India’s continuing economic travails have raised fresh doubts about the BJP’s ability to cast economic renewal as its dominant narrative for the 2019 general election. As the party builds an alternative framing around the promise of a “New India”, the once-dejected Congress party senses an opportunity.

The Congress’ strategy—best described as high-risk, high-reward—rests not on its projection of a coherent vision for the country or the projection of a dynamic national leader but rather a high-decibel rejection of the status quo.

The party’s evolving game plan has three principal components.

The first is to double down on its criticism of the BJP for engaging in cynical majoritarian politics that is divisive—and potentially destructive—to the idea of India. The Congress will portray the BJP as a malign force that seeks to divide and rule India’s diverse populace while attempting to impose a homogenising vision of who is truly “Indian”.

Why else would the BJP pick a firebrand like Yogi Adityanath as the chief minister of India’s most populous state, try to impose Hindi at the cost of Tamil or Telugu, or persistently sound the drumbeat of Ram Mandir, it will ask. The BJP is systematically polarising India, the Congress will argue, and no minority is safe—linguistic, religious, or otherwise.

The second component is to hit the BJP hard on the economy, the government’s supposed calling card. The strategy is to paint a portrait of an economy that has been slowing consistently since 2016, notwithstanding the BJP’s statistical jugglery. The ultimate goal of the Congress’ economic message is to force a repeat of the BJP’s 2004 “India Shining” moment, when the Vajpayee government was vilified for being out of touch with the aam aadmi. For the BJP, the ghosts of 2004 still loom large, which explains why Rahul Gandhi’s “suit boot ki sarkar” jibe hit the ruling party where it hurts.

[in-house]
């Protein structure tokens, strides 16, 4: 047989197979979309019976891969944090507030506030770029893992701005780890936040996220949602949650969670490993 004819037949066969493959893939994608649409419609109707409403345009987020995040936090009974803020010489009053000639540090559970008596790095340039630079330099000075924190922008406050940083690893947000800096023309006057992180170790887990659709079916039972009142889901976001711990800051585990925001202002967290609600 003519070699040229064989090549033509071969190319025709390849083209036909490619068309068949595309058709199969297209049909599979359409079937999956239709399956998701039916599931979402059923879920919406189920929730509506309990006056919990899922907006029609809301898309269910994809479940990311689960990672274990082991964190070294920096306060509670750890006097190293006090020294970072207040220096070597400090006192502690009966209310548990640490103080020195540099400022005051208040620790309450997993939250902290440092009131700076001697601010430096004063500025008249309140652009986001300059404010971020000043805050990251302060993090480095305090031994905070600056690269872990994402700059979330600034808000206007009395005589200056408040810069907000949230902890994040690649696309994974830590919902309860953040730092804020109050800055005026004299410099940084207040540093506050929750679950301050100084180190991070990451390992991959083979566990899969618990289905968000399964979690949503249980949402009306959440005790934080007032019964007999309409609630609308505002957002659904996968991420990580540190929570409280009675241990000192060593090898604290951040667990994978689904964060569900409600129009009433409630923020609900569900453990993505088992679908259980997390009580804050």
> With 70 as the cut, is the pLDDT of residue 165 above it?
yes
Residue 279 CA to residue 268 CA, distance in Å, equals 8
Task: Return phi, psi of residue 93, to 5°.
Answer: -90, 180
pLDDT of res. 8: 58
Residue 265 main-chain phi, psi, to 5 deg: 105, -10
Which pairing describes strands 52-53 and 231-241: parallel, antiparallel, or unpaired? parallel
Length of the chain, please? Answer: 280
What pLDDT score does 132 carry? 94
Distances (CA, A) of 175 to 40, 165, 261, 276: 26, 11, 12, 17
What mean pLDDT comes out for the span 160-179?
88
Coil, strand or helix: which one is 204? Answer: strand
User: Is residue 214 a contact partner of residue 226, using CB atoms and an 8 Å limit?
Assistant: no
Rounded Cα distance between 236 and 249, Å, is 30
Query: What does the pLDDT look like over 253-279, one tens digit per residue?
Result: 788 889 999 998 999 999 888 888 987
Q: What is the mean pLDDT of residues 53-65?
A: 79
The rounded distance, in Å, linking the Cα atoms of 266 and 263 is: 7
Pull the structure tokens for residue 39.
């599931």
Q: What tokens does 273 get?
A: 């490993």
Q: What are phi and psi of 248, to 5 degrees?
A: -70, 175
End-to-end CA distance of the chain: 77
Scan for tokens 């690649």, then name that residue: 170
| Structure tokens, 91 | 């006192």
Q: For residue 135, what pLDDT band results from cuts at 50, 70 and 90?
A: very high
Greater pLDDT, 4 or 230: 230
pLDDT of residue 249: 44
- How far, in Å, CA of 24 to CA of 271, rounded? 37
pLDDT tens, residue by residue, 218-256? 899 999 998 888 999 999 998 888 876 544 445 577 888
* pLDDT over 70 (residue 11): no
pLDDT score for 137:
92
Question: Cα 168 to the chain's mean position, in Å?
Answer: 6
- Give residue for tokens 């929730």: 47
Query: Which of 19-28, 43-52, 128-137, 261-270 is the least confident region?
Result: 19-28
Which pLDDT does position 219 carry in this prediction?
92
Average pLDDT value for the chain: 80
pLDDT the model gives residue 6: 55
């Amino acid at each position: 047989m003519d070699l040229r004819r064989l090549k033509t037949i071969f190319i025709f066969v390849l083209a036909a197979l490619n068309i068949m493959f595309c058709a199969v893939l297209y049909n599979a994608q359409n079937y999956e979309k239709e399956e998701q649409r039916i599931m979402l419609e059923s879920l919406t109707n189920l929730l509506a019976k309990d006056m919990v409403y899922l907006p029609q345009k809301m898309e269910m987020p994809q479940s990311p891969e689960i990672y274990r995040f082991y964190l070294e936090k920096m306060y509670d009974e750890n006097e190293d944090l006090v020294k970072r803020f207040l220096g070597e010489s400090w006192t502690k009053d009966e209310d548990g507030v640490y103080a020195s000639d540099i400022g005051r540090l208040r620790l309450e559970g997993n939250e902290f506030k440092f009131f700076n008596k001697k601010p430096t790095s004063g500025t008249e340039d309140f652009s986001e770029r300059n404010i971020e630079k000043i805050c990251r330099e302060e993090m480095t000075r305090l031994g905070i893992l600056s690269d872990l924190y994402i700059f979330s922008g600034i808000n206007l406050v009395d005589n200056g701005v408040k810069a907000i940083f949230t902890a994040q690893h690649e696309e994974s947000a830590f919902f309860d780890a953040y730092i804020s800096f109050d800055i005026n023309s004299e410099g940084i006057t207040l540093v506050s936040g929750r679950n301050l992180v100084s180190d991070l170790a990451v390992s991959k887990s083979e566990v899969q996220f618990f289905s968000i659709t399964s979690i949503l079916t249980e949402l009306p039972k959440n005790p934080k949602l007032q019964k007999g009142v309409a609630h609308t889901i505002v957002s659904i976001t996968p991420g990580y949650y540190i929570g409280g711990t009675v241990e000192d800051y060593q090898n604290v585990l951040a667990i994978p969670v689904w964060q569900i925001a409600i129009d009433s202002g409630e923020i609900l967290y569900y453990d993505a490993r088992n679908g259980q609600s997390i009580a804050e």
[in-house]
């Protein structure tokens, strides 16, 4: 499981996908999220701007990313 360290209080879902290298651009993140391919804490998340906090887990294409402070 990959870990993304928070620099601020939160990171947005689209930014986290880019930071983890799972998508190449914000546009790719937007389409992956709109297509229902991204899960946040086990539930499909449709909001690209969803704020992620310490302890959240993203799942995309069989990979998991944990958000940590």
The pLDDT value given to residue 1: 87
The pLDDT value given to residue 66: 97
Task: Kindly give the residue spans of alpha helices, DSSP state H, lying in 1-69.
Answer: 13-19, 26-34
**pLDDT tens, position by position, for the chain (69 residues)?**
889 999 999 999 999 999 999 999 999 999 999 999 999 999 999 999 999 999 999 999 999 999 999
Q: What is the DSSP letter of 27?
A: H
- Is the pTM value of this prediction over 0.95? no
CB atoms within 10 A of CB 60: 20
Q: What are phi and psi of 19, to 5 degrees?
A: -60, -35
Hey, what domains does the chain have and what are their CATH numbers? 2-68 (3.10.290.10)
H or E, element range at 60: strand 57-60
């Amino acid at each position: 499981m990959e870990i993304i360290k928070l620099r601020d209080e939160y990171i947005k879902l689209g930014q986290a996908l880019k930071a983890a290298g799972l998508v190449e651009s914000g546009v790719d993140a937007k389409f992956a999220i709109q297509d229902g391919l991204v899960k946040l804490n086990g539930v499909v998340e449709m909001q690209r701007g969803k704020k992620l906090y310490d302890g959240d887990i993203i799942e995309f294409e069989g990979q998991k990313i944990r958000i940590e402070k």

On the economy, the Congress will harp on two frailties: rural distress and the lack of jobs. For the Congress, what it would itself do differently is irrelevant for the moment; what matters more is what the BJP is unable to deliver. On demonetisation and GST, the Congress has chosen to play a more nuanced game. Wary of the tag of being in cahoots with black money hoarders, the Congress will focus on the botched implementation of demonetisation. On GST, the Congress can hardly run against the idea given that it developed the scheme and later helped pass it into law, but it will accuse the BJP of mishandling the design and rollout.

Congress will argue that these first two elements are not unrelated: when Plan A failed (reviving the economy), the BJP executed a bait-and-switch by focusing on Plan B (polarisation).

The third and final component is to arrange political marriages of convenience; these are pacts not between friends but between enemies of enemies. The centerpiece of this strategy is the formation of a grand opposition coalition—the Congress, Samajwadi Party (SP), and Bahujan Samaj Party (BSP)—in Uttar Pradesh that would create a mathematical juggernaut (at least on paper). The Bihar triumph of Mahagathbandan 2015—in which the JD(U), RJD, and Congress fought in tandem— is the template.